Pierce leads Bombers to win
TORONTO—Chad Simpson helped make Buck Pierce’s return to the Winnipeg Blue Bombers’ offence a triumphant one.
Simpson rushed for 136 yards and a TD as Winnipeg ran for 260 yards and four touchdowns to overpower the Toronto Argonauts 44-32 on Friday night and keep their slim CFL playoff hopes alive before a Rogers Centre gathering of 23,419.
Alex Brink (with two) and Will Ford also ran for TDs to complement Pierce in his first game back since suffering a mild concussion in a 29-10 home loss to Toronto back on Sept. 29.
Pierce finished 13-of-22 passing for 200 yards as Winnipeg (5-11) amassed more rushing yards than passing (204).
Traditionally, teams use the run to set up the pass but Pierce, who hit seven different receivers, said the Bombers drew a lot of confidence from their ground attack.
“When your run game is going, it opens things up,” he noted.
“It gives you confidence you can call runs in tough situations and not always have to throw.
“It put us in some good situations . . . . and ate up some clock,” Pierce added. “That makes the O-line happy and makes the quarterback happy.”
Simpson had a simple reason for Winnipeg’s rushing dominance.
“We come in thinking we can run the ball against anyone,” he remarked.
“It was just straight running the football . . . all I had to do was, really, run hard.
“Anytime someone gets 1,000 yards, it’s not just him,” Simpson stressed. “Yeah, I did some good things but the O-line did some good things, the receivers caught the ball and made them play honest.
“When you make people play honest, you have a good game,” he reasoned.
Winnipeg earned its third win in five games to move into a tie with Hamilton (5-10) for third in the East Division after the Tiger-Cats fell 34-32 to the Calgary Stampeders on Saturday night.
Amazingly, the Bombers, who face the Ticats this week, still can finish second in the conference and host a playoff game.
Winnipeg must win its two remaining games while Toronto (7-9) loses its final two and Hamilton goes 2-1 to create a three-way tie that the Bombers would win by having a better record among the tied clubs.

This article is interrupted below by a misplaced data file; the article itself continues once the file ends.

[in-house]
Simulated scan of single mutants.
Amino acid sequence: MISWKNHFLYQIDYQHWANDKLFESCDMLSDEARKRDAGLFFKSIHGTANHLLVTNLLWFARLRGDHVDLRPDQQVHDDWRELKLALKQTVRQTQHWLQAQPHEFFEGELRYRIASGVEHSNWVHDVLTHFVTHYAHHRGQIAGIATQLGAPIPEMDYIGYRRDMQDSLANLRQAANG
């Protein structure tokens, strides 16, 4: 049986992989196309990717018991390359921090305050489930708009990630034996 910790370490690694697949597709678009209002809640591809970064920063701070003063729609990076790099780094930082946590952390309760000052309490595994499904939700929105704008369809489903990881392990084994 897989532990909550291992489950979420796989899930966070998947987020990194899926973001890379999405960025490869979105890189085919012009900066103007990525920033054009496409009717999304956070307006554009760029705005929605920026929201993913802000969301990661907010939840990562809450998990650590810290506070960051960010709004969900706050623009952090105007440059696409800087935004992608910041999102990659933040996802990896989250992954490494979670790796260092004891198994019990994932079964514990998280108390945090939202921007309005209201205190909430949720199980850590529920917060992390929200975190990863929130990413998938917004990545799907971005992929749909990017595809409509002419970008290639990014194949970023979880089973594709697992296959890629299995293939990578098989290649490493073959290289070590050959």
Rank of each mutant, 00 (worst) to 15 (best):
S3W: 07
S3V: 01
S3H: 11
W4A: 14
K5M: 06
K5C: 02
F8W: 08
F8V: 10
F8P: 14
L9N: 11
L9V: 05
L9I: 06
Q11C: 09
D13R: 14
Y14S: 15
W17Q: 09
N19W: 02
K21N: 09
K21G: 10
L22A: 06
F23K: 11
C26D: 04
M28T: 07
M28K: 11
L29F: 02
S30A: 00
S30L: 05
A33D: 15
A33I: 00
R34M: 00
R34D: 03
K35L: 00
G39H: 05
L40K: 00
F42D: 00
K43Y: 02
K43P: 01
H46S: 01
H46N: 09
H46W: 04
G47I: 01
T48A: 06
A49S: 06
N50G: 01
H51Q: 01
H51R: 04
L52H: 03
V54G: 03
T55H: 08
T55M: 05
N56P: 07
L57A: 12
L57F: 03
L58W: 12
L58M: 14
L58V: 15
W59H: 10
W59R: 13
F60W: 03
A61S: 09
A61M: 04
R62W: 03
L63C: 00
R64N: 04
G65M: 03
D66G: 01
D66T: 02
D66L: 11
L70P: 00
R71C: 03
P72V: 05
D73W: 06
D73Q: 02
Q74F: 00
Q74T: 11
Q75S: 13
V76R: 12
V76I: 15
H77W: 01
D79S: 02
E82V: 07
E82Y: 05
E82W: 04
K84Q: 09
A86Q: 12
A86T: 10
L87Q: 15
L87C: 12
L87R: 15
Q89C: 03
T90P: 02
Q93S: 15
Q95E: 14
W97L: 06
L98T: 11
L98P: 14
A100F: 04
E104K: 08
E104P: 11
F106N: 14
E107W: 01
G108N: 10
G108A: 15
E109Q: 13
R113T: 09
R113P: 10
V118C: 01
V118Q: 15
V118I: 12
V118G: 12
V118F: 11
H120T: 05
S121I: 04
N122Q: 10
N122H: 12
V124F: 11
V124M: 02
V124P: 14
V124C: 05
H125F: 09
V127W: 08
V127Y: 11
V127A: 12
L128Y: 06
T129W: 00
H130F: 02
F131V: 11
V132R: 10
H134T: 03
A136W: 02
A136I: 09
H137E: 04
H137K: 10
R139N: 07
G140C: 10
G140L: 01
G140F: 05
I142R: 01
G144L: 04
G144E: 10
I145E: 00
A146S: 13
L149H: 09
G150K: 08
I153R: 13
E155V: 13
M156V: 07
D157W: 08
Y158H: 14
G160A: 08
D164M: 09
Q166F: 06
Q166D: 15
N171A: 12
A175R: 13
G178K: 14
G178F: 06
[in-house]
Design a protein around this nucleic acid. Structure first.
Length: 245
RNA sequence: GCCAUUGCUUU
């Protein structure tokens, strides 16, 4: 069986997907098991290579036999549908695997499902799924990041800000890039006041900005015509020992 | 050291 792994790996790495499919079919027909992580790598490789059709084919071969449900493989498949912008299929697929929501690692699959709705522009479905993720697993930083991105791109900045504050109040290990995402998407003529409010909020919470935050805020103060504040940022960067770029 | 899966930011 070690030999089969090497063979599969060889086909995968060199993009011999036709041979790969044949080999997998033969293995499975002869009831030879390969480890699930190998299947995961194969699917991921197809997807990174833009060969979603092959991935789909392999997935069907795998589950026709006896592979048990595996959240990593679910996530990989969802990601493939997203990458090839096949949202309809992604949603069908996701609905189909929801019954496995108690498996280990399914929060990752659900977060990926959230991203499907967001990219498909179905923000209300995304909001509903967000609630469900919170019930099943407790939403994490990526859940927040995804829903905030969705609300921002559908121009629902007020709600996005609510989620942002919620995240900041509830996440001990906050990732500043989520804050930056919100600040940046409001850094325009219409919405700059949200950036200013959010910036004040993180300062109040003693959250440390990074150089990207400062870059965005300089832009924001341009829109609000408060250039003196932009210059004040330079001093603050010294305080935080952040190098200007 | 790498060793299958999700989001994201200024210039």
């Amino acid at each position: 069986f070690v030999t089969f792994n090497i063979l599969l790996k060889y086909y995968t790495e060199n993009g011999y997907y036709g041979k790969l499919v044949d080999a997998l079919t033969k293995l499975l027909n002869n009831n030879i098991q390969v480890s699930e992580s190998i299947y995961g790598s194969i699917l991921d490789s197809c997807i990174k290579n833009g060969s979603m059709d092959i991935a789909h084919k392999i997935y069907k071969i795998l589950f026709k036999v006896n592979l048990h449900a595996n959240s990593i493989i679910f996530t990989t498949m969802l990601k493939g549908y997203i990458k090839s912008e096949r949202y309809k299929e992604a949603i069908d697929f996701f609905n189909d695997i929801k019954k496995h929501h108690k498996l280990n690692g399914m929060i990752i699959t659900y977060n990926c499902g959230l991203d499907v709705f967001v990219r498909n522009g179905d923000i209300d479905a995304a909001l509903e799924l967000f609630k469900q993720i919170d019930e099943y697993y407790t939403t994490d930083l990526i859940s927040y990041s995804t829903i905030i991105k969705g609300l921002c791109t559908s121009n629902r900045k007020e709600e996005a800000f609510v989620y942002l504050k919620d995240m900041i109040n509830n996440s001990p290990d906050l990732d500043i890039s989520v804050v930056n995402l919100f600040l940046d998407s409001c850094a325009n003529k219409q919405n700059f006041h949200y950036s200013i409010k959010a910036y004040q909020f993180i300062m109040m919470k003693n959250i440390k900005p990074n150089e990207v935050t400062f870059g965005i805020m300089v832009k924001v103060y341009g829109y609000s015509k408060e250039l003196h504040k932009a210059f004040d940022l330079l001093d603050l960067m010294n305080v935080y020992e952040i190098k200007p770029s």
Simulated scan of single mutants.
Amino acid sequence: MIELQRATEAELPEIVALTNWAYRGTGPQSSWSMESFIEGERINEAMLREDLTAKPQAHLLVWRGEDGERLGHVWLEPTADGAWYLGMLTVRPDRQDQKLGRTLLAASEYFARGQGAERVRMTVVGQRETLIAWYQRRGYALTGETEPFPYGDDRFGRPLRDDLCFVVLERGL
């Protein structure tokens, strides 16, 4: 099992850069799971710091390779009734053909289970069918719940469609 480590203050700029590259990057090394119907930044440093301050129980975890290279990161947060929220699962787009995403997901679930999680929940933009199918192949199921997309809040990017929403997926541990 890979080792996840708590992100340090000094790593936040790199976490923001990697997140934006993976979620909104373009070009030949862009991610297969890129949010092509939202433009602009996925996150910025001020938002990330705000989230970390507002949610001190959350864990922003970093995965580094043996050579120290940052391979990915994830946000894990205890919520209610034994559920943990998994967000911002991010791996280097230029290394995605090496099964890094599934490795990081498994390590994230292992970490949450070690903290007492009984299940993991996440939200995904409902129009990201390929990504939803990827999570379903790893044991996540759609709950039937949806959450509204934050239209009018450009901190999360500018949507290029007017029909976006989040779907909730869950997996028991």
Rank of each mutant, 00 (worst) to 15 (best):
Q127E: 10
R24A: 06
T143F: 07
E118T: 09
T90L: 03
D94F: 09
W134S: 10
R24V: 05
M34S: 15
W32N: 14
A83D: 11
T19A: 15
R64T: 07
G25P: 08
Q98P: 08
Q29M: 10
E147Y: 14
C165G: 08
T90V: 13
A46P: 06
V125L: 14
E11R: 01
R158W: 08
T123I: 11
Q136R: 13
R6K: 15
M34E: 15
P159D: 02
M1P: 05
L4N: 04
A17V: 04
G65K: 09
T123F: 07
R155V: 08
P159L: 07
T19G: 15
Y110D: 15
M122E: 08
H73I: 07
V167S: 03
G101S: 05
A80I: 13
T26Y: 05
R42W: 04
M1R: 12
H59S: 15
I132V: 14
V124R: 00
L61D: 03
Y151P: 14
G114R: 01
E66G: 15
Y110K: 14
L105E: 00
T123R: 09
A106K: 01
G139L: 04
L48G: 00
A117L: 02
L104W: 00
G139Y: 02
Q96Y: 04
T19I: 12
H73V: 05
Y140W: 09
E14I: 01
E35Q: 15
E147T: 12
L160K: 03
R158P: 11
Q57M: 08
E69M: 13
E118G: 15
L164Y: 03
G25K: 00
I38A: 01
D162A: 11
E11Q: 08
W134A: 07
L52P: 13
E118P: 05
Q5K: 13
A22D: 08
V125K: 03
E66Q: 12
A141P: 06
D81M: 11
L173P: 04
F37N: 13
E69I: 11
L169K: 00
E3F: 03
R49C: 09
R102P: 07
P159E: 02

But Simpson said all Winnipeg did was concentrate on this contest.
“I’m not worrying about the next meal, I’m worrying about this meal,” he stressed.
“We’re going to eat this meal and then we worry about the next meal later.
“But this tastes great.”
Pierce took some solid shots Friday night but always got up—on one occasion even waving off the Bombers’ sidelines to keep back-up Alex Brink on the bench.
Pierce, who has a long history of injuries over his eight-year career that has prompted suggestions he should retire, said there was never a question whether he’d remain in the game.
“I want to be out there with my guys because I have pride and I think that’s what this game is about,” he remarked.
Toronto’s fifth loss in six games, meanwhile, tarnished a solid return by Ricky Ray.
The veteran quarterback, who missed three-straight games with a knee injury, finished 20-of-33 passing for 383 yards and four TDs—his 14-yard strike to Jason Barnes pulling the Argos to within 37-32 at 11:48 of the fourth.
Toronto had one last gasp, taking the ball at its 12-yard line with 1:19 to go.
But defensive tackle Andre Carroll cemented the win for Winnipeg, recovering Ray’s fumble at the Argos’ 22-yard line with 1:03 to play, setting up Ford’s five-yard TD run at 14:51.
Toronto’s loss clinched the East Division title for the Montreal Alouettes.
“It’s disappointing,” said Argos’ head coach Scott Milanovich. “We’ve had our chances to take care of business and we haven’t. Our destiny has been in our hands.”